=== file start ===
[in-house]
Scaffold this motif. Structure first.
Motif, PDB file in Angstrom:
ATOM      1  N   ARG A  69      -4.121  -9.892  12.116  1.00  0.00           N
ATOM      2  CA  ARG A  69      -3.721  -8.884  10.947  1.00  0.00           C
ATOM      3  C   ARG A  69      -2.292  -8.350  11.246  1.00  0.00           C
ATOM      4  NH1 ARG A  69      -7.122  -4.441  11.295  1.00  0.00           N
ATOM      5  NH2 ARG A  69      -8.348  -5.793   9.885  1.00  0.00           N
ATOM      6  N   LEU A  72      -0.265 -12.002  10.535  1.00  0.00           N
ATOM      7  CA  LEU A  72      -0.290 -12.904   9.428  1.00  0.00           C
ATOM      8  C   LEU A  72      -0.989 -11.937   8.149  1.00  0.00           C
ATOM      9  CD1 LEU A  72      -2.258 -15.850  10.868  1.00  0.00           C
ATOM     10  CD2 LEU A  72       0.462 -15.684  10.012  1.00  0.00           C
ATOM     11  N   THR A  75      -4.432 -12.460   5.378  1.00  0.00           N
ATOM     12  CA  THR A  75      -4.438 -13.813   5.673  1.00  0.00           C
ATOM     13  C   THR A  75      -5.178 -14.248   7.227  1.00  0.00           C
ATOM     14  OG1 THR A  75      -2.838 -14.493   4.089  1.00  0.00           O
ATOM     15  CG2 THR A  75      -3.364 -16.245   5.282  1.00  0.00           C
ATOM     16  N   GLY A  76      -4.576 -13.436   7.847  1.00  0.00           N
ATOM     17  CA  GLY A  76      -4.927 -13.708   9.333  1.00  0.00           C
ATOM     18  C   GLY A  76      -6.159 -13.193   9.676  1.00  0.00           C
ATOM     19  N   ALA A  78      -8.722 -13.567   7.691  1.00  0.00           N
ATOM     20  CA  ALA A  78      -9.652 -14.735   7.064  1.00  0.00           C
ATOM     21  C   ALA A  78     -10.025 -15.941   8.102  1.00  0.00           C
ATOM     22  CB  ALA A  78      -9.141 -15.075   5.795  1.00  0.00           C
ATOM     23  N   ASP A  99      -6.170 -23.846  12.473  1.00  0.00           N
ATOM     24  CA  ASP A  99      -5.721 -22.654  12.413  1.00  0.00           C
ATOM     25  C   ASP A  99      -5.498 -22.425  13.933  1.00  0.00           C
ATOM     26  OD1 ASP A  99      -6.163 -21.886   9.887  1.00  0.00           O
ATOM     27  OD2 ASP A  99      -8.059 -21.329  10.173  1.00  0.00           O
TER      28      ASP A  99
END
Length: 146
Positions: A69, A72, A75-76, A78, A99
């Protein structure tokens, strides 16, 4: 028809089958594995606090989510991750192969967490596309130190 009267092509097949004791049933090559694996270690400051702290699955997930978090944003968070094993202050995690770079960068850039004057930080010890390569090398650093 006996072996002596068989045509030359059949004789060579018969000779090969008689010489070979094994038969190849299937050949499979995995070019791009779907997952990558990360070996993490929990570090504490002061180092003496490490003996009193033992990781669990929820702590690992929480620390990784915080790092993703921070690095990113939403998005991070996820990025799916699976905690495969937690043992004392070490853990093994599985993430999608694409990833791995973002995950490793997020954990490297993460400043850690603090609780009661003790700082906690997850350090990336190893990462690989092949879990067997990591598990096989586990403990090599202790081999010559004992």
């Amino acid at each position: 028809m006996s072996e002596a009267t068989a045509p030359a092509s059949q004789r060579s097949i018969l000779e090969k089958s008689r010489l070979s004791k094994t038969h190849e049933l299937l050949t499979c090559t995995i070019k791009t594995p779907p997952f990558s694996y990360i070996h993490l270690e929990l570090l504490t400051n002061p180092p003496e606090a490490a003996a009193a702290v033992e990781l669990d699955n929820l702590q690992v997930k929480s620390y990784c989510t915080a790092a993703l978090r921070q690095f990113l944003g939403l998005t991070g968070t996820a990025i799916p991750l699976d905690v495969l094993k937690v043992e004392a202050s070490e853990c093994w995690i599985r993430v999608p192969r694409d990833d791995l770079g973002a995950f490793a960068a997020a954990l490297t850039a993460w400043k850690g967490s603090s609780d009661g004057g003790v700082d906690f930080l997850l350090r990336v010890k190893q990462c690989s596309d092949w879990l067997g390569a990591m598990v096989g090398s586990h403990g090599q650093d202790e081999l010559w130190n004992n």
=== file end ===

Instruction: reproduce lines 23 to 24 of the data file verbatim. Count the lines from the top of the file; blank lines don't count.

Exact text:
ATOM     20  CA  ALA A  78      -9.652 -14.735   7.064  1.00  0.00           C
ATOM     21  C   ALA A  78     -10.025 -15.941   8.102  1.00  0.00           C